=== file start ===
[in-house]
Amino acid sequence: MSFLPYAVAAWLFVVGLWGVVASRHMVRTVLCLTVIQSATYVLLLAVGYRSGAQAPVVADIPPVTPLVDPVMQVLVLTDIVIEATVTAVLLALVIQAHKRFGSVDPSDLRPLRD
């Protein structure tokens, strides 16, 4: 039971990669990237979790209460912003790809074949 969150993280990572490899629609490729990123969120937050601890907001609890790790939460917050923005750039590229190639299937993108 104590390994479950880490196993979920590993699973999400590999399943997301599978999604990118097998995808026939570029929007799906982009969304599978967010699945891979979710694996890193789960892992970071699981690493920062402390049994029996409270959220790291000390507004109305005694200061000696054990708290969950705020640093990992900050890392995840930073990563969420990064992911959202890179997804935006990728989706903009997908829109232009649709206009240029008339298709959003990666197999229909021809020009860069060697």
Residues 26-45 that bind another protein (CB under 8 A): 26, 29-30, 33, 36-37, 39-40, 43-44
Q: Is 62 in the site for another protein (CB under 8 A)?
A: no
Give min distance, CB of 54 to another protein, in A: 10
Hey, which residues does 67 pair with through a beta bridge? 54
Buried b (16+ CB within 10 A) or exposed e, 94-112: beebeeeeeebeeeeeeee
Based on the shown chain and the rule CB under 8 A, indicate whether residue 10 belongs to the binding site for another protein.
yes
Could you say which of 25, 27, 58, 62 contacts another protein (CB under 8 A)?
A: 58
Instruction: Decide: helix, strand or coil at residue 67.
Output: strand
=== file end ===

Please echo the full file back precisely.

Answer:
[in-house]
Amino acid sequence: MSFLPYAVAAWLFVVGLWGVVASRHMVRTVLCLTVIQSATYVLLLAVGYRSGAQAPVVADIPPVTPLVDPVMQVLVLTDIVIEATVTAVLLALVIQAHKRFGSVDPSDLRPLRD
């Protein structure tokens, strides 16, 4: 039971990669990237979790209460912003790809074949 969150993280990572490899629609490729990123969120937050601890907001609890790790939460917050923005750039590229190639299937993108 104590390994479950880490196993979920590993699973999400590999399943997301599978999604990118097998995808026939570029929007799906982009969304599978967010699945891979979710694996890193789960892992970071699981690493920062402390049994029996409270959220790291000390507004109305005694200061000696054990708290969950705020640093990992900050890392995840930073990563969420990064992911959202890179997804935006990728989706903009997908829109232009649709206009240029008339298709959003990666197999229909021809020009860069060697």
Residues 26-45 that bind another protein (CB under 8 A): 26, 29-30, 33, 36-37, 39-40, 43-44
Q: Is 62 in the site for another protein (CB under 8 A)?
A: no
Give min distance, CB of 54 to another protein, in A: 10
Hey, which residues does 67 pair with through a beta bridge? 54
Buried b (16+ CB within 10 A) or exposed e, 94-112: beebeeeeeebeeeeeeee
Based on the shown chain and the rule CB under 8 A, indicate whether residue 10 belongs to the binding site for another protein.
yes
Could you say which of 25, 27, 58, 62 contacts another protein (CB under 8 A)?
A: 58
Instruction: Decide: helix, strand or coil at residue 67.
Output: strand